Both Lance and Fields have stellar production, and both are elite positional athletes, but most people defer to Fields because of his competition level. With that being said, Lance is just as efficient, and arguably has more tangible, universal accuracy than Fields. With Teddy Bridgewater contractually secured, Matt Rhule can split hairs here, and take the gamble on the riskier quarterback, with greater eventual rewards in mind.

5) Miami Dolphins: Micah Parsons, LB Penn State

After Brian Flores rallied his Dolphins to go 5-4 in their final nine games in 2019, optimism abounds in South Florida. The job isn’t done yet, however, as Week 1 showed; Flores still has to finish incubating Tua Tagovailoa with strong support on offense, and he has to keep the pipeline of talent flowing on defense.

The Dolphins show promise, but they still have a sizable amount of needs. That helps them here, however, as they’ll be able to play the value of the board and choose the best available player. In this case, that’s linebacker Micah Parsons: an athletic, fast-paced second-level talent with a tremendous degree of versatility.

6) New York Giants: Patrick Surtain II, CB Alabama

The Giants are in dire need of sustainable improvement at cornerback, one of the most important positions on the field. They have invested resources into the position, but most of those investments have come up dry so far, not the least of which was the team’s ill-fated selection of DeAndre Baker in 2019.

In a division that hosts Jalen Reagor, DeSean Jackson, Terry McLaurin, and the talent-laden Cowboys’ receiving trio, the Giants can’t afford to keep missing at cornerback. They have to hit in the 2021 NFL Draft, and they’ll probably use an early pick to ensure their best chances of success. Patrick Surtain II, a smart, agile 6-foot-2 cornerback, may give them a better return on investment.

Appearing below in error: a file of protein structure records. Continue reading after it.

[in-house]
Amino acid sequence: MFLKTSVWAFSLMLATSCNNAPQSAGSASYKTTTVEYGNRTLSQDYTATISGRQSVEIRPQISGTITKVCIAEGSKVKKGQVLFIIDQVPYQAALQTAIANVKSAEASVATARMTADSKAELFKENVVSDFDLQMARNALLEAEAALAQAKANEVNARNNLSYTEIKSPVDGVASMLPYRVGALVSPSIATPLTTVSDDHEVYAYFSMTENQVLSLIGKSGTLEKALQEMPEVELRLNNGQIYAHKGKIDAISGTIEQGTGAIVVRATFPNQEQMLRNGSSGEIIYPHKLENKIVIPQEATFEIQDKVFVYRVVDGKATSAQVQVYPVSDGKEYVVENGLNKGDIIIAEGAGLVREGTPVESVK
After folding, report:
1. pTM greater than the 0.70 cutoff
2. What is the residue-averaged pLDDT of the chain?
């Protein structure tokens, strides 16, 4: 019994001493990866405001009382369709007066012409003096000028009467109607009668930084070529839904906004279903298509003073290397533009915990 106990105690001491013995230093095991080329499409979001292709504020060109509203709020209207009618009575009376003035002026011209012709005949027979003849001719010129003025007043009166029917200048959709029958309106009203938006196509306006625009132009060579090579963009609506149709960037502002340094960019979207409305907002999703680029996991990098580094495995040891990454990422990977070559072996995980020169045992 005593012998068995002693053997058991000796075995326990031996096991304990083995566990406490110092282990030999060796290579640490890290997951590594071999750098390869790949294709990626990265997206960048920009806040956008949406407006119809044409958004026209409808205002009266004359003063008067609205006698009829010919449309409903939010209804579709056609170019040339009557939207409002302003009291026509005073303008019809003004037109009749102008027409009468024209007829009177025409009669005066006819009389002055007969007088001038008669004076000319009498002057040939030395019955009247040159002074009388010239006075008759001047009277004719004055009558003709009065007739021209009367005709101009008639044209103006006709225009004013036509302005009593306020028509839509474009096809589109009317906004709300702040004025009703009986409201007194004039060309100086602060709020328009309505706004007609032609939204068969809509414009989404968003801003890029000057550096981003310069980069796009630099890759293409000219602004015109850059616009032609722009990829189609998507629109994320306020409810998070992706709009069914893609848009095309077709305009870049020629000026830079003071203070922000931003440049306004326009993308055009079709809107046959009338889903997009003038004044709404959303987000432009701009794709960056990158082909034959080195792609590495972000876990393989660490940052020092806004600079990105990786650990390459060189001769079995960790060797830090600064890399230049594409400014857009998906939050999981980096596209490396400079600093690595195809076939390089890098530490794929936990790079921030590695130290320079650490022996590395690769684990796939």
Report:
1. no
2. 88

7) Detroit Lions: Dylan Moses, LB Alabama

Even with two years of Matt Patricia in the books, the Lions still have a lot of problems on the defensive side of the ball, specifically their defensive line, linebacker group, and secondary.

Jokes aside, the Lions do have some pieces in place, and adding Jeff Okudah in the 2020 NFL Draft certainly helped, but there’s still a substantial talent gap that Detroit has to traverse if they want to compete. One need they can fill at No. 7 is that of a field general — a three-down linebacker who can be relied upon. Dylan Moses has the athleticism, football I.Q., and physicality to fulfill that role.

8) New York Jets: Ja’Marr Chase, WR LSU

If there’s one thing we can all agree upon after the first week of the 2020 season, it’s that the Jets have the NFL’s worst skill position group on offense. Sam Darnold has virtually nothing to work with, and if New York wants to salvage his development, they’ll have to act fast, and invest in bulk.

Ja’Marr Chase opted out of the 2020 college football season to prepare for the NFL Draft. Lesser-known players might experience losses with this kind of decision, but Chase doesn’t have to worry about that. After a 2019 campaign that saw him rack up 84 catches, 1,780 yards, and 20 touchdowns, he’s firmly a top-three receiver on almost every draft board. With his high floor and complete skill set, he fits the Jets’ needs to a tee.

9) Arizona Cardinals: Abraham Lucas, OT Washington State

This will no doubt come as a surprise, as Washington State’s Abraham Lucas is a rare first-round inclusion to this point. Swooping into the top-ten, out of nowhere, is a big deal, but there’s a reason for this pick.

Lucas isn’t as close to Penei Sewell as this selection insinuates, but he’s still a supremely athletic tackle and has a dominant 6-foot-7, 324-pound frame. He also has experience in a pass-oriented offensive system with now-Mississippi State head coach Mike Leach, so there should be some overlap as he works to adopt Kliff Kingsbury’s scheme.

10) Las Vegas Raiders: Marvin Wilson, DT Florida State

Interior pressure is an underrated yet necessary component of modern NFL defense, and the Las Vegas Raiders are painstakingly marginal in that regard. Their 2018 second-round pick, P.J. Hall, did not pan out, and their current starting duo, Johnathan Hankins and Maliek Collins, is very underwhelming.